litigation is conducted by and on behalf of the individual
named parties only.” Califano v. Yamasaki, 442
U.S. 682, 700-01 (1979). To obtain certification, the
“proposed class must satisfy the requirements of Rule
23(a), as well as one of the three alternatives in Rule
23(b).” Messner v. Northshore Univ.
HealthSystems, 669 F.3d 802, 811 (7th Cir. 2012) (citing
Siegel v. Shell Oil Co., 612 F.3d 932, 935 (7th Cir.
2010)). Rule 23(a) serves as a gatekeeper to ensure that a
class format is an appropriate procedure for adjudicating a
particular claim. Bell v. PNC Bank Nat'l
Ass'n, 800 F.3d 360, 373 (7th Cir. 2015).
Accordingly, Rule 23(a) imposes four requirements:
numerosity, commonality, typicality, and adequacy of
representation. Fed.R.Civ.P. 23(a). As noted, a proposed
class must meet one of the requirements of Rule 23(b) in
addition to the four requirements in Rule 23(a). The Named
Plaintiffs seek certification under Rule 23(b)(3). That rule
allows for certification of classes seeking monetary damages
when “questions of law or fact common to the class
members predominate over any questions affecting individual
members” and when the “class action is superior
to other available methods for fairly and efficiently
adjudicating the controversy.” Fed.R.Civ.P. 23(b)(3).
conducting the Rule 23 analysis, the court should not turn
the class certification proceedings into a dress rehearsal
for trial on the merits of the case. See, e.g.,
Schleicher v. Wendt, 618 F.3d 679, 685 (7th Cir.
2010). Nevertheless, “a court may not simply assume the
truth of the matters as asserted by the plaintiff.”
Messner, 669 F.3d at 811. Rather, “[a] party
seeking class certification must affirmatively demonstrate
his compliance with the Rule-that is, he must be prepared to
prove that there are in fact sufficiently numerous parties,
common questions of law or fact, etc.” Wal-Mart
Stores, Inc. v. Dukes, 564 U.S. 338, 350 (2011).
“If there are material factual disputes, the court must
‘receive evidence . . . and resolve the disputes before
deciding whether to certify the class.'”
Messner, 669 F.3d at 811 (citing Szabo v.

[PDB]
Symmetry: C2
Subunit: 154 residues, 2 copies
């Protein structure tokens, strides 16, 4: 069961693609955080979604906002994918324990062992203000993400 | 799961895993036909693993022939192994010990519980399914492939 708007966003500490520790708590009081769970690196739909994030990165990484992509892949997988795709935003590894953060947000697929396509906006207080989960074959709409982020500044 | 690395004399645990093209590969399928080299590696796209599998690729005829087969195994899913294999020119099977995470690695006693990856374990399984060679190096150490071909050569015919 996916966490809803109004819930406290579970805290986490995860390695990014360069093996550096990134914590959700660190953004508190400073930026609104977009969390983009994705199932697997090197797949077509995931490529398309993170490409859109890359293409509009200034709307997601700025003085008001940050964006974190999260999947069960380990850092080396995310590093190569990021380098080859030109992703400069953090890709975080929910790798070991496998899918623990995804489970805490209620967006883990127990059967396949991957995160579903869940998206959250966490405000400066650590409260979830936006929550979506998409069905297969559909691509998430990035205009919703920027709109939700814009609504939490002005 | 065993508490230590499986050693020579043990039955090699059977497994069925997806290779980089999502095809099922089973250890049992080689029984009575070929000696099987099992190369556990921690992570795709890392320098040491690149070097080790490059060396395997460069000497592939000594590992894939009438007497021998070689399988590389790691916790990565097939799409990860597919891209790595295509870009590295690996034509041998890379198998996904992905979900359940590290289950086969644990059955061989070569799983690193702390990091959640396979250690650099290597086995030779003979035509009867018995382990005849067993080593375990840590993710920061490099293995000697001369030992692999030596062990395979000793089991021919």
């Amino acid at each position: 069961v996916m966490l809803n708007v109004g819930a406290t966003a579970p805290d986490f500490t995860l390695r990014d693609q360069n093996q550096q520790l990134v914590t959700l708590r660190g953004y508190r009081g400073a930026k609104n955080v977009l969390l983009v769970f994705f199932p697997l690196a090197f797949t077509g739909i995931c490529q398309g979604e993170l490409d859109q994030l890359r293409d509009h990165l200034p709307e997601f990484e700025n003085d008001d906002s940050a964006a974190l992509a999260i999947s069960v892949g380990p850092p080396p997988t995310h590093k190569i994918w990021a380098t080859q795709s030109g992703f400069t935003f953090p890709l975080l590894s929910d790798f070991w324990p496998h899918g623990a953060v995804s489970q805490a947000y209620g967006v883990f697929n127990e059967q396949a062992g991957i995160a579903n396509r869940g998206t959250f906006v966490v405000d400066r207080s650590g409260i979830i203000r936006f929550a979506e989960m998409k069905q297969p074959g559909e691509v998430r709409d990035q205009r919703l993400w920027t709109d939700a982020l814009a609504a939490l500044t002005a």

Bridgeport Machines, Inc., 249 F.3d 672, 676 (7th Cir.
2001)). The Named Plaintiffs bear the burden of showing that
a proposed class meets the Rule 23 requirements by a
preponderance of the evidence. Id.
the Named Plaintiffs' brief in support of their
certification motion addresses all four Rule 23(a)
requirements as well as the Rule 23(b)(3) requirements,
Defendant's brief develops only two arguments in
opposition to certification. First, Defendant contends that
the Named Plaintiffs fail to establish commonality, as
required by Rule 23(a). Second, Defendant argues that a class
action is not the superior mechanism for resolving the Named
Plaintiffs' state law claims, as required by Rule
23(b)(3). The court will address Defendant's arguments at
each of the relevant steps in the analysis.
first the numerosity requirement, under Rule 23(a)(1) the
plaintiff must show that “the class is so numerous that
joinder of all members is impractical.” The Seventh
Circuit has recognized that a class consisting of as few as
forty members could satisfy the numerosity requirement.
Pruitt v. City of Chicago, 472 F.3d 925, 926-27 (7th
Cir. 2006). The Named Plaintiffs assert that the challenged
travel time and overtime policies applied to all of
Defendant's hourly employees, and they identify exactly
40 different non-owner employees who worked on projects and
received hourly wages from Defendant between October 2014 and
the end of 2016. Pl.'s Br., ECF No. 51 at 2-3 (citing ECF
Nos. 52-1, 52-2, 52-3, 52-4). Because Defendant does not
oppose certification on numerosity grounds, the court
concludes that the class of at least 40 members identified by
the Named Plaintiffs satisfies Rule 23(a)(1)'s numerosity